I would like to request a bit of your time to explain the overall idea of this small project, plan, or whichever name you would like for it.
As of 2012, Linux is still a "big unknown" for many people and is in need of a means of marketing that is simple, of high-quality, adequate for all audiences, able to draw attention from the spectators and able to highlight the best features of this system without delving too deep. Who here (A/N: of Spanish-language audience) does recall the Castillian Language subject index? That serves as a clue).
It is true that a good marketing produces a good "motion", as can be seen with the over-the-top campaigns Apple utilizes to promote their products, not only by official announcements but also by third-party, indirect announcement placement such as in a travel agency... this essentially generates irrational demand as it prompts people to do notable things like selling their own homes if they want to buy one of their products.
I don't expect from this that we would sell Fedora in a capitalist, scam-worthy way by deceiving users as Apple and other companies do, but still to use marketing principle to "sell" Fedora along the concept of freedom, of Free Software or of Open Source.
How to Sell?
Nowadays one of the most effective means to publicize a product is via videos. The Fedora graphic design team could work up, for example. A video featurette would sell, either "professionally" or not, the good things our renowned Linux distribution has to the community in general, that is, to the widest audience ranges possible.
All in all we should be able to use "smart devices" like smartphones, tablets, etc..., linking and encompassing the different facets of the Fedora Project via the FAS system including the wiki and up to (though not possible at the moment) the Ask Fedora system, to essentially create a Social Fedora platform usable by all audiences, though this requires much more time, resources and dedication.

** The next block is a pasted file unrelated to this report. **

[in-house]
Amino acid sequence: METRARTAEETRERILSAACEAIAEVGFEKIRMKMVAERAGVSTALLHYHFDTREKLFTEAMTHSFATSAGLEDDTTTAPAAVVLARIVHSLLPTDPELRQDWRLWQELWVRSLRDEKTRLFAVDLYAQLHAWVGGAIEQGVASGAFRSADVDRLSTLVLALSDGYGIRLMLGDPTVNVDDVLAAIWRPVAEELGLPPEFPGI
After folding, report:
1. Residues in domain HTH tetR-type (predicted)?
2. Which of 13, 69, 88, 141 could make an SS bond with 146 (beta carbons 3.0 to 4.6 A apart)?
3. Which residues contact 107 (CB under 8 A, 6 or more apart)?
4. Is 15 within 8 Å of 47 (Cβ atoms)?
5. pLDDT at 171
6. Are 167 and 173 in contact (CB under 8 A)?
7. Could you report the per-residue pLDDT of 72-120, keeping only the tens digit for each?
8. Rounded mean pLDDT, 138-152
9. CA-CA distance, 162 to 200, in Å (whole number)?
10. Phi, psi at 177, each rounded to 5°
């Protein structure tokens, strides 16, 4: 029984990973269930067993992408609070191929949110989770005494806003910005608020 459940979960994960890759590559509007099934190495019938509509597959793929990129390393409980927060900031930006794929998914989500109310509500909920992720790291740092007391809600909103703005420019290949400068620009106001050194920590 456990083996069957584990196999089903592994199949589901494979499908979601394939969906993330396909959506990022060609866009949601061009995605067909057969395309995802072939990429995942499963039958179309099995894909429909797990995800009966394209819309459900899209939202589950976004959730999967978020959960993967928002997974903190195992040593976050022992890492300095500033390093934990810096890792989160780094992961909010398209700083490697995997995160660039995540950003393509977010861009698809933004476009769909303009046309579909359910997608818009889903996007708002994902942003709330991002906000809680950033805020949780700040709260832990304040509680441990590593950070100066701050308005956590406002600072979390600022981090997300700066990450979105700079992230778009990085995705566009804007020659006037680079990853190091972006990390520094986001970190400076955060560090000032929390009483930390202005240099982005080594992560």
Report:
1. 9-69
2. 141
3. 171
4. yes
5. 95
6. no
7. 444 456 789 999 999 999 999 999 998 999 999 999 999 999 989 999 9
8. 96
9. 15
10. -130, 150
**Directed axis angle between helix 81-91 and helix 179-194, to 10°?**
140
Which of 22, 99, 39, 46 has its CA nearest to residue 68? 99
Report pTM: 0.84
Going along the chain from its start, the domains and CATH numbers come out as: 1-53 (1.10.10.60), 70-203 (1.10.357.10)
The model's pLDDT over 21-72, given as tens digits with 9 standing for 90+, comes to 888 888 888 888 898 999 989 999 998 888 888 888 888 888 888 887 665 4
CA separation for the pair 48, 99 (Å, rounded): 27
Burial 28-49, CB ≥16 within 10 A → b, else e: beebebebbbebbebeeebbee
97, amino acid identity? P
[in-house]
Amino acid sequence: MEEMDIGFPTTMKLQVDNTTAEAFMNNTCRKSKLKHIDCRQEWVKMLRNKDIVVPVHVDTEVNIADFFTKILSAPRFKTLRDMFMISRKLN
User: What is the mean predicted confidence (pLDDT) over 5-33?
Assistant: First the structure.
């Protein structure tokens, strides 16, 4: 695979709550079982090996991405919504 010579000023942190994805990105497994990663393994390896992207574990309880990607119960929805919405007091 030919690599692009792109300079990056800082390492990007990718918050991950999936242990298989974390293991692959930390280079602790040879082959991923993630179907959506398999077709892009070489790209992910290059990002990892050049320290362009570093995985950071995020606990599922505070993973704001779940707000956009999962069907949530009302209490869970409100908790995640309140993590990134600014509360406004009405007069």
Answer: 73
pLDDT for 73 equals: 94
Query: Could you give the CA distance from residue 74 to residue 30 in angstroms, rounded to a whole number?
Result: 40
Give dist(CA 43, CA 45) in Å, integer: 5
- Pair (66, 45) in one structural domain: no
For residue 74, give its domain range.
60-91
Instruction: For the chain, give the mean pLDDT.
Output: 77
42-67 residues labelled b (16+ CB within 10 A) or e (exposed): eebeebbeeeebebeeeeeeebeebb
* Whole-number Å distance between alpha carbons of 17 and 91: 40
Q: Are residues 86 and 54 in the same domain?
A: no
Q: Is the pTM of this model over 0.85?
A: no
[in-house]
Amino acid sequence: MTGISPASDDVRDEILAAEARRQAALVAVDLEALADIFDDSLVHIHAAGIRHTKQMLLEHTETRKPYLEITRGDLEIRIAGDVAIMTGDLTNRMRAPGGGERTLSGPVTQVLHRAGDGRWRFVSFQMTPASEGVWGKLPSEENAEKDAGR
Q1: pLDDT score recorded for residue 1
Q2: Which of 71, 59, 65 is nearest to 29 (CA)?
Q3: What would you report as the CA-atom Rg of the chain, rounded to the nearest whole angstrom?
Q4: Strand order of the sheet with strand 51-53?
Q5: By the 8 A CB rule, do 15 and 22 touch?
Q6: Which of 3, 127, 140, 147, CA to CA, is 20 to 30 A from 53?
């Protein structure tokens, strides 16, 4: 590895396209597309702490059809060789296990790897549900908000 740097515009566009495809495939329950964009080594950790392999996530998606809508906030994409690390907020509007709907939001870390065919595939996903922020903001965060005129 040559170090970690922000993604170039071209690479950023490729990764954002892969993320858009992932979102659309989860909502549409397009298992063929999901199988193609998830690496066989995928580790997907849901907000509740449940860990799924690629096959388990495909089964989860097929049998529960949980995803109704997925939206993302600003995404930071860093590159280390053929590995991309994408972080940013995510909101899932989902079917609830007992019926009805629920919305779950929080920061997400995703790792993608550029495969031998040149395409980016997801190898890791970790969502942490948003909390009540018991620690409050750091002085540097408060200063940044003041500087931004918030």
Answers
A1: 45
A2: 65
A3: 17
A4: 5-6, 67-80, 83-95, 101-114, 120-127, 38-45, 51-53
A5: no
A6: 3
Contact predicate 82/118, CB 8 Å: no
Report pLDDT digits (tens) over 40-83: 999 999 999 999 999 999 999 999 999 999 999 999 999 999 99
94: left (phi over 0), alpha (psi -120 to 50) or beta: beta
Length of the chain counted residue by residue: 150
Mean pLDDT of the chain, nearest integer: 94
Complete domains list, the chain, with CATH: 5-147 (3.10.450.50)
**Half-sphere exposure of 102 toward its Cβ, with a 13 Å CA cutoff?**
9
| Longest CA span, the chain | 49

Where do we Start and What do we Add?
The basic idea is to feature the the most common desktop environments (say, Gnome, KDE, ...) and their effects and capabilities in broad strokes only, showing how to access from system management utilities (like
system-config-*) to social network utilities (anything from Jabber to Identi.ca, etc), as what sells to most audiences is showing that stuff can be done. For system features, SELinux could be mentioned and showed in action as a system securing layer, without delving deeper in anything that "looks like code".
Added to this, showcasing kids actually using Fedora (via eg.: the Sugar environment) can add value cross-audiences as this shows parents that their kids can take advantage from the home system or even from a USB device, plus the "things can be done" factor.
What do we Earn?
Let's start with the satisfaction of the contributors and the gratification of having collaborators and contributors actively connected to us and to the Fedora Project in a constructive, meaningful way, adding to the renown of the project itself.
As it is somewhat known, many people won't make the jump to Linux because they want to run games like WoW, Crysis 2, etc..., games that are developed for the Windows platform and for whose correct implementation under Linux a multitude of layers of work is still required. Because of this, giving the "Linux has no games" myth a crushing blow by clearly showcasing the collection of games available for Linux, like OpenArena, Frozen Bubble, etc..., can constitute a good entry vector. Added to this, we can and should emphasize that big companies like Valve and Electronic Arts are now, thanks to the showcased interest, starting to open themselves to the Linux world, which should eventually lead to gaming hardware providers like Nvidia to improve their support, creating a positive feedback process for the Linux gaming experience.
(A/N: original conversation, discussion and brainstorming hanks to RyanChile.)
See the Spanish version of the article for up-to-date attributions.